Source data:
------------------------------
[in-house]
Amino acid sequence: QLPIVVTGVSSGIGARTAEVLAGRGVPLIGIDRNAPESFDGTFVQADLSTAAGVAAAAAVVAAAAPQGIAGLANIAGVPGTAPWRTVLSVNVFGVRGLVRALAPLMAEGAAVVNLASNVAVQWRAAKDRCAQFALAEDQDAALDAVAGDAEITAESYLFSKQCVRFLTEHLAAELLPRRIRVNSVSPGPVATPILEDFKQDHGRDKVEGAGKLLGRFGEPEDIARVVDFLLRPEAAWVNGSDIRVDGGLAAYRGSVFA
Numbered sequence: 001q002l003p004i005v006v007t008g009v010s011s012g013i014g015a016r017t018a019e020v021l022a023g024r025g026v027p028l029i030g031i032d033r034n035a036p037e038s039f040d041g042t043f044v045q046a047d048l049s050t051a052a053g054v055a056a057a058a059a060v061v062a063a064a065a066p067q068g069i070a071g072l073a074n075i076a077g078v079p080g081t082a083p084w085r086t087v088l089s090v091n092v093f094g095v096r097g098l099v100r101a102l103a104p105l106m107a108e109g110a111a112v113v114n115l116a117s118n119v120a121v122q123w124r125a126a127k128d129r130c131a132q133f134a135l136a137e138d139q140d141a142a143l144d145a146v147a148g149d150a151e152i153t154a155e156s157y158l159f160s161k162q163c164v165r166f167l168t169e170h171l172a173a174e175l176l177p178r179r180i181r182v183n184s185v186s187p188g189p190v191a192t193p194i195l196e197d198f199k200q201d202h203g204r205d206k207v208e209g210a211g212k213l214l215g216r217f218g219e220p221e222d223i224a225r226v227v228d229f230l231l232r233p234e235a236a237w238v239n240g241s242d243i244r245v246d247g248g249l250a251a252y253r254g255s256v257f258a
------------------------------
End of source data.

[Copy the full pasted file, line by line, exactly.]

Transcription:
[in-house]
Amino acid sequence: QLPIVVTGVSSGIGARTAEVLAGRGVPLIGIDRNAPESFDGTFVQADLSTAAGVAAAAAVVAAAAPQGIAGLANIAGVPGTAPWRTVLSVNVFGVRGLVRALAPLMAEGAAVVNLASNVAVQWRAAKDRCAQFALAEDQDAALDAVAGDAEITAESYLFSKQCVRFLTEHLAAELLPRRIRVNSVSPGPVATPILEDFKQDHGRDKVEGAGKLLGRFGEPEDIARVVDFLLRPEAAWVNGSDIRVDGGLAAYRGSVFA
Numbered sequence: 001q002l003p004i005v006v007t008g009v010s011s012g013i014g015a016r017t018a019e020v021l022a023g024r025g026v027p028l029i030g031i032d033r034n035a036p037e038s039f040d041g042t043f044v045q046a047d048l049s050t051a052a053g054v055a056a057a058a059a060v061v062a063a064a065a066p067q068g069i070a071g072l073a074n075i076a077g078v079p080g081t082a083p084w085r086t087v088l089s090v091n092v093f094g095v096r097g098l099v100r101a102l103a104p105l106m107a108e109g110a111a112v113v114n115l116a117s118n119v120a121v122q123w124r125a126a127k128d129r130c131a132q133f134a135l136a137e138d139q140d141a142a143l144d145a146v147a148g149d150a151e152i153t154a155e156s157y158l159f160s161k162q163c164v165r166f167l168t169e170h171l172a173a174e175l176l177p178r179r180i181r182v183n184s185v186s187p188g189p190v191a192t193p194i195l196e197d198f199k200q201d202h203g204r205d206k207v208e209g210a211g212k213l214l215g216r217f218g219e220p221e222d223i224a225r226v227v228d229f230l231l232r233p234e235a236a237w238v239n240g241s242d243i244r245v246d247g248g249l250a251a252y253r254g255s256v257f258a